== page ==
e: a great year to you too! I have a High Holy Days hangover of sorts, as well. It's just so intense. Have a lovely Sukkot as well!

Jayne: you put it nicely--it felt like a "communication with the other" in hindsight--maybe even a little at the time, watching it soar like that.

Subby!!!: you've never tasted kugel? Well, you must, sir, you must! There are so many different kinds, I'll bet there's one to suit you.

UB: you totally made me laugh. Wholesale repentance! It's good, isn't it?

VE: it is a flight. I hadn't thought of it in that metaphor before I wrote this post, but it is, it really is.

Liza: thank you so much! It means a lot to me to get feedback like that, especially when I let it all hang out like I did with this post...

Tom!: yes, you must try kugel and you must fly a kite. Not necessarily at the same time though!

Kat: I will actually go so far as to suggest rereading those books--they're so good! And yes, the kugel really really hits the spot after a fast. Something about its homely squishy starchiness is perfect for the very hungry!

Nick: light-headedness contributes to the ethereal feeling!

Colette Amelia: I think the fast is okay for us, as it's only sundown to sundown. In Judaism, the elderly, the young, and the weak or ill are completely exempt from fasting. In fact, if you are susceptible or weak you are definitely not supposed to fast.

Leah said...

Old K: when a tiny band of dissatisfied Christians left Christianity to form Judaism, they took with them all the kugel recipes as well as the frizzy hair, chopped liver, and overlong worship services. In exchange, they left the Christians Jesus and ham.

I'm really not sure who got the better end of that one.

Dakota Bear said...

Thank you for sharing your experience of faith with us.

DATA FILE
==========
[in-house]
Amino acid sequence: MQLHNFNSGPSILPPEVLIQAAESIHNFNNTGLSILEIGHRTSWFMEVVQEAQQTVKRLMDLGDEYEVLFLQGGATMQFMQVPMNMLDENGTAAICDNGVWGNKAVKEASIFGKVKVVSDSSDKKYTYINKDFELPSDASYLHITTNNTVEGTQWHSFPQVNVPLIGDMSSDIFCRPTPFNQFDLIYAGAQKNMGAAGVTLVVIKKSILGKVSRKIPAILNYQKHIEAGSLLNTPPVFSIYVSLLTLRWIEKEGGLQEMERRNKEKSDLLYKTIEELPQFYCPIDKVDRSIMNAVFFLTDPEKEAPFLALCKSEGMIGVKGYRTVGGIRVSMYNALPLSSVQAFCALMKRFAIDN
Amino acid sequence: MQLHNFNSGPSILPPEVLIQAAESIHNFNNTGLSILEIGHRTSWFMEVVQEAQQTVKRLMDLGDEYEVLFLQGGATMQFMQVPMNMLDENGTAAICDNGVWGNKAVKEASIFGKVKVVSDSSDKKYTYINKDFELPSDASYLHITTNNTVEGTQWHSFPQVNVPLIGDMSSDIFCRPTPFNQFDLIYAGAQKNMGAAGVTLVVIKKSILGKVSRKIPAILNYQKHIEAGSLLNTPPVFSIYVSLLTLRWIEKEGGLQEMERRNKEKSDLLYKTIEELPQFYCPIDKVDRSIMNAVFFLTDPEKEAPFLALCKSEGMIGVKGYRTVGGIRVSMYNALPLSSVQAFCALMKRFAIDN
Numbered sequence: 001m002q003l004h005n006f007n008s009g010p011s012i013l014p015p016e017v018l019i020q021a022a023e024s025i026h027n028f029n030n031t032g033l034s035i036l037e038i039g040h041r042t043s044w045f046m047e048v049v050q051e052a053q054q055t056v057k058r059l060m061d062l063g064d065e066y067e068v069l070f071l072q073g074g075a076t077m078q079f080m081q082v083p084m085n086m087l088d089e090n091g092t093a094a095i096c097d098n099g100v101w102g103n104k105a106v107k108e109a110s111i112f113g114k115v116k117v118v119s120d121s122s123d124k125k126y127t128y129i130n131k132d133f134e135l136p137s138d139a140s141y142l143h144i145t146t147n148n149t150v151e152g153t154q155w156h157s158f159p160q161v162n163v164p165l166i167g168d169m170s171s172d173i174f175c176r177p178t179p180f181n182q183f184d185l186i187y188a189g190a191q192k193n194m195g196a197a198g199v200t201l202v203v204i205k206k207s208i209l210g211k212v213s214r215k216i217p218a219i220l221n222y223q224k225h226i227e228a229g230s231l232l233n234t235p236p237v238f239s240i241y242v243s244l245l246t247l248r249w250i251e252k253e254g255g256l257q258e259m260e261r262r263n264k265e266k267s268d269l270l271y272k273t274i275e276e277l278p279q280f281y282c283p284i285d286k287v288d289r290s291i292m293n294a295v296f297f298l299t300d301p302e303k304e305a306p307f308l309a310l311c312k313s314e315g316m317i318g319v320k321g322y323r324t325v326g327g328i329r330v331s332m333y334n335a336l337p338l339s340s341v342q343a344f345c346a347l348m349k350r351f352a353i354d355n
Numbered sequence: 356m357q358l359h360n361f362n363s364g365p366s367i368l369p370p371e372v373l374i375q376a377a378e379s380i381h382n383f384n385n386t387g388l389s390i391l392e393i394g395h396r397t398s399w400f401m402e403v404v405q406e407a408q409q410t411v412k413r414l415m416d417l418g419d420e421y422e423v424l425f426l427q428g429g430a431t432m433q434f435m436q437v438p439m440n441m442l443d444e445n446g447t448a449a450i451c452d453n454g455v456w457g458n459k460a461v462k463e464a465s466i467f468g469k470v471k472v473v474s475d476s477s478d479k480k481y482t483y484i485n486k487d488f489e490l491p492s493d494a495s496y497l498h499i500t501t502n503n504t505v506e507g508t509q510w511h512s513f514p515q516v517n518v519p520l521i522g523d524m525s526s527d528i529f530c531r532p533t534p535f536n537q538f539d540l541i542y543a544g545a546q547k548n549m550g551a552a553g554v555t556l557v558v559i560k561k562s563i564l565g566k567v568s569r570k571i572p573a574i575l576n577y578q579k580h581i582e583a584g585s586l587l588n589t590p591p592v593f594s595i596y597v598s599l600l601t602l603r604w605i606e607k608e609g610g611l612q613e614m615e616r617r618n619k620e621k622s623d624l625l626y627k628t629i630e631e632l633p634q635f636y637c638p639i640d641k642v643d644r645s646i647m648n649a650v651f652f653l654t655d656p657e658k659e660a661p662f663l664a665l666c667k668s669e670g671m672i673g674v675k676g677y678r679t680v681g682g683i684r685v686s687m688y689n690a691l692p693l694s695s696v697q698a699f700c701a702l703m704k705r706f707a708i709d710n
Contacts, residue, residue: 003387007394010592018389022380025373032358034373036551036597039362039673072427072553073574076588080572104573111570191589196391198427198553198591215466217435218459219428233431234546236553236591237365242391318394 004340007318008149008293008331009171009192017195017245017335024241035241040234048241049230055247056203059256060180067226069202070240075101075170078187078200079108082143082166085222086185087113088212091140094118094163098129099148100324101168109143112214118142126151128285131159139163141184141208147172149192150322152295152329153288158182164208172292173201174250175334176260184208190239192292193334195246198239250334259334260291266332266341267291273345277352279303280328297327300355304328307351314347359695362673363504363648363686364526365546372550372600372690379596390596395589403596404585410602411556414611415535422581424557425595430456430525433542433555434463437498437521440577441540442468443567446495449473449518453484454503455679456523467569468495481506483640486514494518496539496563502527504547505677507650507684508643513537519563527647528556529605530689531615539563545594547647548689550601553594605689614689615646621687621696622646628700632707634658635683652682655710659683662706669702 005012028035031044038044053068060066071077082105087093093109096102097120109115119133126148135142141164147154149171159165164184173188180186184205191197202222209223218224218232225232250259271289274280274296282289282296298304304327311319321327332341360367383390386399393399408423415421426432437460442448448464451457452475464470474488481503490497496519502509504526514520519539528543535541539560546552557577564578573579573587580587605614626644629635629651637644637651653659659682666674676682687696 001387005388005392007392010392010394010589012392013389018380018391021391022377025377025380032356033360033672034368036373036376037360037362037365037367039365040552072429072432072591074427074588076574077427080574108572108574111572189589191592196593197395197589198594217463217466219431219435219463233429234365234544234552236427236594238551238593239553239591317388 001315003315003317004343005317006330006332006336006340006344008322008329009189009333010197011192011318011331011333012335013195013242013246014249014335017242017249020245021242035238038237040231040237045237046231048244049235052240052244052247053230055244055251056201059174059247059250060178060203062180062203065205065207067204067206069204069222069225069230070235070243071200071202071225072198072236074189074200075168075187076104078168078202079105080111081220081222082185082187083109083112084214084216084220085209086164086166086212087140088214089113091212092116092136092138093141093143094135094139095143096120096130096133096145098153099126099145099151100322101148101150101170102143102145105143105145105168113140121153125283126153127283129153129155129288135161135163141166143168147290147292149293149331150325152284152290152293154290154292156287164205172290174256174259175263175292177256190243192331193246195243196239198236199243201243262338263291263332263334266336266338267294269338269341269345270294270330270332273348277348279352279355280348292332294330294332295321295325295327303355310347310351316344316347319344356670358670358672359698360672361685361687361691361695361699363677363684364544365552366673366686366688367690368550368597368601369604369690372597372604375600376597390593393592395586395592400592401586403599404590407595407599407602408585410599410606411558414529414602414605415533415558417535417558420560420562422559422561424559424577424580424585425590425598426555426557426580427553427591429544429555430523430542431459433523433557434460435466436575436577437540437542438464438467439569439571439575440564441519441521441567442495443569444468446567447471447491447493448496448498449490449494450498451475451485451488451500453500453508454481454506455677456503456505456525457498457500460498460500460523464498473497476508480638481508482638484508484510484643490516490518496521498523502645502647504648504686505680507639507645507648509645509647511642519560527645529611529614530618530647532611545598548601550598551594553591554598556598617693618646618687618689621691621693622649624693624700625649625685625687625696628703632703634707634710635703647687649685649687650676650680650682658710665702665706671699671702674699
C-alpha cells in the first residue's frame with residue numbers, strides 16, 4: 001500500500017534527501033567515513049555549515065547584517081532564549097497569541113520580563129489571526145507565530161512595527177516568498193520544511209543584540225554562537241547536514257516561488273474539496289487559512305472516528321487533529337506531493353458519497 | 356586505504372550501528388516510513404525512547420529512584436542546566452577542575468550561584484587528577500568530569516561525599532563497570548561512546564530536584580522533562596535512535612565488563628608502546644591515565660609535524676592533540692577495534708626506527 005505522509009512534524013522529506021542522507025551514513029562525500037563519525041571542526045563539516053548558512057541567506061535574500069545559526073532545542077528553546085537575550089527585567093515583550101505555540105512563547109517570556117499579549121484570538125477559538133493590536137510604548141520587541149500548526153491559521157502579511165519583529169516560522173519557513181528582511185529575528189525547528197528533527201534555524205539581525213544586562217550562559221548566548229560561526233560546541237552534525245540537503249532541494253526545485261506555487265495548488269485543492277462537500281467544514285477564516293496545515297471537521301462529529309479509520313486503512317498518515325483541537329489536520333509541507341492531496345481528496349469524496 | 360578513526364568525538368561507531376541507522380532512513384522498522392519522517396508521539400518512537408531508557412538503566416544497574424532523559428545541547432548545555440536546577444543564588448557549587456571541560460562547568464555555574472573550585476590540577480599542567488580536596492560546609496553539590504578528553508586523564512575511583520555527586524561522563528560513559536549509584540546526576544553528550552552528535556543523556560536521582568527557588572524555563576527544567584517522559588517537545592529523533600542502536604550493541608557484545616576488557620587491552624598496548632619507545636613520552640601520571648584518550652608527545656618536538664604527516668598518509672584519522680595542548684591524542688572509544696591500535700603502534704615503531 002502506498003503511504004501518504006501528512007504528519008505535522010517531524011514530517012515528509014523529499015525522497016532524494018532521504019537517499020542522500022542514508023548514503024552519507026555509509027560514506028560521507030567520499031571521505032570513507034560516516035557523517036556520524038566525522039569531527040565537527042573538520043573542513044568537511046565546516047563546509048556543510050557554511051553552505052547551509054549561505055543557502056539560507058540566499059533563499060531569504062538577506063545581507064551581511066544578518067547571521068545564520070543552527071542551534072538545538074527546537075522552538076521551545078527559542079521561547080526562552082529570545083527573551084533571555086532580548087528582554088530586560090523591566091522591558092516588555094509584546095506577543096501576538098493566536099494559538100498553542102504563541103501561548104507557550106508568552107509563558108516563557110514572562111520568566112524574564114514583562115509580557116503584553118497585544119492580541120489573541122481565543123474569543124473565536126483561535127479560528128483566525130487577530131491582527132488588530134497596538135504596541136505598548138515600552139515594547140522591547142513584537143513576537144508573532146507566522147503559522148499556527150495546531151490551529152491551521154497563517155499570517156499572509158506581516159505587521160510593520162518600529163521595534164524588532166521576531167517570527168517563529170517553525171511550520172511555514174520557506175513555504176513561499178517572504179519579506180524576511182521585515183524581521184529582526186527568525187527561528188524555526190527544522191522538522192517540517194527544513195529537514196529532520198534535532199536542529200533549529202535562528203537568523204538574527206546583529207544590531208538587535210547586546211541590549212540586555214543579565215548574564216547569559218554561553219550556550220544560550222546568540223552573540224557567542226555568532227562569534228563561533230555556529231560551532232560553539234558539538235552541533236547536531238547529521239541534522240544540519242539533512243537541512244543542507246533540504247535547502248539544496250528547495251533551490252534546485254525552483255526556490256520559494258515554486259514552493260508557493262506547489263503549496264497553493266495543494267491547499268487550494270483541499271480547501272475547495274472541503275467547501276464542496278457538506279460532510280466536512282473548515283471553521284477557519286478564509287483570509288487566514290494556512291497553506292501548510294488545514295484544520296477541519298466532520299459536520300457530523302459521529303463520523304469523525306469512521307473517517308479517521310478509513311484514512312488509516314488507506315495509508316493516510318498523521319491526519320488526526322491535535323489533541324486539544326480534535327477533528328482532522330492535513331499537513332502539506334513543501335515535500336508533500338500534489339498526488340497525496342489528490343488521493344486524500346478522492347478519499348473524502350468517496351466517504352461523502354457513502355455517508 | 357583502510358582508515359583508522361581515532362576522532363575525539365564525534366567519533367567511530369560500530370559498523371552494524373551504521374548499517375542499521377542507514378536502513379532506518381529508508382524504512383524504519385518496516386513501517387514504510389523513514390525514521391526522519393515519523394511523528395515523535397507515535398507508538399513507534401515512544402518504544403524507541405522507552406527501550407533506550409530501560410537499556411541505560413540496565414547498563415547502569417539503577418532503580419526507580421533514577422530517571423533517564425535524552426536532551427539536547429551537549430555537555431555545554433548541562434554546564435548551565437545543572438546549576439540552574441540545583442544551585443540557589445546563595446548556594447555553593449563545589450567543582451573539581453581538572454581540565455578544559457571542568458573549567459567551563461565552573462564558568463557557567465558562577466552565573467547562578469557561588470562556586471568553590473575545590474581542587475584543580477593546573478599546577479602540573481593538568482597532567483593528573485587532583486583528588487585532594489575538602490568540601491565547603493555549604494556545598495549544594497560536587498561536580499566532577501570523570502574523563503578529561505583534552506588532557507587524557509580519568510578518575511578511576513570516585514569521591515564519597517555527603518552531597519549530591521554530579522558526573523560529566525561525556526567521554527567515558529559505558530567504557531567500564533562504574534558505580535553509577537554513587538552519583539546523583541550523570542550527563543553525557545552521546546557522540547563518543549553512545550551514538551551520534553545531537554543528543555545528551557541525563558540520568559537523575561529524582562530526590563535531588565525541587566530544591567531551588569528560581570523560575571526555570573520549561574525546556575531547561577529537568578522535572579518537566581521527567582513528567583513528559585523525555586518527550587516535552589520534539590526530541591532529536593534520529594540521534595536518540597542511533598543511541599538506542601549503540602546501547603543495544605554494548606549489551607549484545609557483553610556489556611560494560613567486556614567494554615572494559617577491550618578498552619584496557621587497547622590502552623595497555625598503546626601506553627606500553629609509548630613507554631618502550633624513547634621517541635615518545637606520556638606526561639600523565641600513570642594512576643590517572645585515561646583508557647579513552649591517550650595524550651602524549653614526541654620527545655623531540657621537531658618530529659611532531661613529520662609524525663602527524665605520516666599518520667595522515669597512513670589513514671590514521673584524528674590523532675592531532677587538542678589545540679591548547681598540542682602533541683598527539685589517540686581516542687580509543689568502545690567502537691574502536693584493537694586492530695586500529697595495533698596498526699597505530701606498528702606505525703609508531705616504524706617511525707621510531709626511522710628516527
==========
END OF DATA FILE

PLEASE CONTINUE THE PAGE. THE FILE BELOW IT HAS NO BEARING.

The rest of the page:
Candie Bracci said...

That was a beautiful take on the theme Leah,the flight of your soul!Nice post!Have a great day!

P.S:10 hours?!:)

Pam said...

I have lived a kugelless life.I am a kugelignoramis.I learn a lot here, though, even factoring in faith, I doubt I could wait ten hours to meet your much anticipated and, to me, curious kugel.Seriously though, it sounds a lovely time and I do enjoy learning about much here that I am unfamiliar with. Have a great weekend Leah.

Cinnamon said...

*laughing at Pam's comment 'kugelignoramus* -that's me as well!

Enoyed your post Leah :)

Madame DeFarge said...

I enjoyed this post enormously. Not something of which I have any experience, but the way you write about it makes it sound very appealing.

lettuce said...

I like the different kinds of lightness and heaviness in this post

Dreamhaven said...

wonderful post. A great glimpse into a long standing tradition.
I think I might check out some recipes online.

Karen ^..^ said...

I WONDERED about that!!! Henny was my favorite. I loved them all, really. The story about Sara having to stay at the table till she choked down the tomato soup has stayed with me for my entire life.

But I LOVED Henny. She was such a badass. LOL.

My love for these books has unfortunately never spilled over to my kids. I may order them all and read them again. I read them over and over when I was a kid. I wanted to be Jewish so badly back then. It just seemed to me that Jewish people loved their kids so much more than Catholic people (at least in my little world, anyway)

muralimanohar said...

Oof. I *loved* All In the Family. I reference them in my mind when trying to remember Jewish traditions, too. :p Have to say, you speaking of your Seder house, brought to mind those books. :p

Am I remembering right, and you fast only on water? Or was it no water, either? My path has three fast days a year, from Midnight to Midnight (well, that's if you can't hack any more..otherwise, best to go til you wake up the next morning), and it's recommended that you fast only on water. But juice is allowed, if you can't do it on water. And, we have the same rules about who can fast, too...except we include pregnant and bf'ing mothers, too. My ds won't ever be able to fast, thanks to his diabetes.